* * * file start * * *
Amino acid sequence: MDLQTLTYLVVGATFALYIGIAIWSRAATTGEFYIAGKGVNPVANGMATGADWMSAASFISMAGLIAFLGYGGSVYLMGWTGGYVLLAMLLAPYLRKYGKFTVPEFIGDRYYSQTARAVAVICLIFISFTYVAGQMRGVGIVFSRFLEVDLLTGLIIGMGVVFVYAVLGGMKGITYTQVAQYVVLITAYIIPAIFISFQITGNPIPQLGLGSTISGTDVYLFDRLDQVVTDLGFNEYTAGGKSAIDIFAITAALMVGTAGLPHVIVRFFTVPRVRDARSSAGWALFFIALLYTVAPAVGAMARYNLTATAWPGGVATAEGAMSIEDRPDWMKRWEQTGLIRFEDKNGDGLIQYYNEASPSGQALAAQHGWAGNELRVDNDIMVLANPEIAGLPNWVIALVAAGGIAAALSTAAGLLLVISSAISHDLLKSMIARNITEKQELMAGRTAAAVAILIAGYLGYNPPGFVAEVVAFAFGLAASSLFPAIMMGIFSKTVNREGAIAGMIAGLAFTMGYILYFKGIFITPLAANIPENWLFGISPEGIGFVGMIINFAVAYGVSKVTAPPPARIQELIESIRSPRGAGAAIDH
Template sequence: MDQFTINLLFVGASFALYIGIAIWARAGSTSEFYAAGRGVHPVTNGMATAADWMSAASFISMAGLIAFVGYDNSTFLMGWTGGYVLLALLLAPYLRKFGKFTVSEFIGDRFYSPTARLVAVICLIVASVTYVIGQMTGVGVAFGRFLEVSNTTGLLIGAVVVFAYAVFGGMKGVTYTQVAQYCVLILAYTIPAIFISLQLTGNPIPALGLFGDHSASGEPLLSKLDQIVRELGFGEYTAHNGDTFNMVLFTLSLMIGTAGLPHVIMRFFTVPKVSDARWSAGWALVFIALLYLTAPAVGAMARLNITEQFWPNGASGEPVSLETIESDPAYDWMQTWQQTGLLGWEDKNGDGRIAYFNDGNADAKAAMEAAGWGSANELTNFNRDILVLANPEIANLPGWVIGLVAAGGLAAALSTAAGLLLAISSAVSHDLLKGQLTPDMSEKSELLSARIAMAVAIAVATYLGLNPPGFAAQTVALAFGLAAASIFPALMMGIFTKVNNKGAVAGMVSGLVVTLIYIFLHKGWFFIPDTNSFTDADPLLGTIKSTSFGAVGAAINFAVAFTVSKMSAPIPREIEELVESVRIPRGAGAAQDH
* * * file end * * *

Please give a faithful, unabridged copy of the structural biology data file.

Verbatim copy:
Amino acid sequence: MDLQTLTYLVVGATFALYIGIAIWSRAATTGEFYIAGKGVNPVANGMATGADWMSAASFISMAGLIAFLGYGGSVYLMGWTGGYVLLAMLLAPYLRKYGKFTVPEFIGDRYYSQTARAVAVICLIFISFTYVAGQMRGVGIVFSRFLEVDLLTGLIIGMGVVFVYAVLGGMKGITYTQVAQYVVLITAYIIPAIFISFQITGNPIPQLGLGSTISGTDVYLFDRLDQVVTDLGFNEYTAGGKSAIDIFAITAALMVGTAGLPHVIVRFFTVPRVRDARSSAGWALFFIALLYTVAPAVGAMARYNLTATAWPGGVATAEGAMSIEDRPDWMKRWEQTGLIRFEDKNGDGLIQYYNEASPSGQALAAQHGWAGNELRVDNDIMVLANPEIAGLPNWVIALVAAGGIAAALSTAAGLLLVISSAISHDLLKSMIARNITEKQELMAGRTAAAVAILIAGYLGYNPPGFVAEVVAFAFGLAASSLFPAIMMGIFSKTVNREGAIAGMIAGLAFTMGYILYFKGIFITPLAANIPENWLFGISPEGIGFVGMIINFAVAYGVSKVTAPPPARIQELIESIRSPRGAGAAIDH
Template sequence: MDQFTINLLFVGASFALYIGIAIWARAGSTSEFYAAGRGVHPVTNGMATAADWMSAASFISMAGLIAFVGYDNSTFLMGWTGGYVLLALLLAPYLRKFGKFTVSEFIGDRFYSPTARLVAVICLIVASVTYVIGQMTGVGVAFGRFLEVSNTTGLLIGAVVVFAYAVFGGMKGVTYTQVAQYCVLILAYTIPAIFISLQLTGNPIPALGLFGDHSASGEPLLSKLDQIVRELGFGEYTAHNGDTFNMVLFTLSLMIGTAGLPHVIMRFFTVPKVSDARWSAGWALVFIALLYLTAPAVGAMARLNITEQFWPNGASGEPVSLETIESDPAYDWMQTWQQTGLLGWEDKNGDGRIAYFNDGNADAKAAMEAAGWGSANELTNFNRDILVLANPEIANLPGWVIGLVAAGGLAAALSTAAGLLLAISSAVSHDLLKGQLTPDMSEKSELLSARIAMAVAIAVATYLGLNPPGFAAQTVALAFGLAAASIFPALMMGIFTKVNNKGAVAGMVSGLVVTLIYIFLHKGWFFIPDTNSFTDADPLLGTIKSTSFGAVGAAINFAVAFTVSKMSAPIPREIEELVESVRIPRGAGAAQDH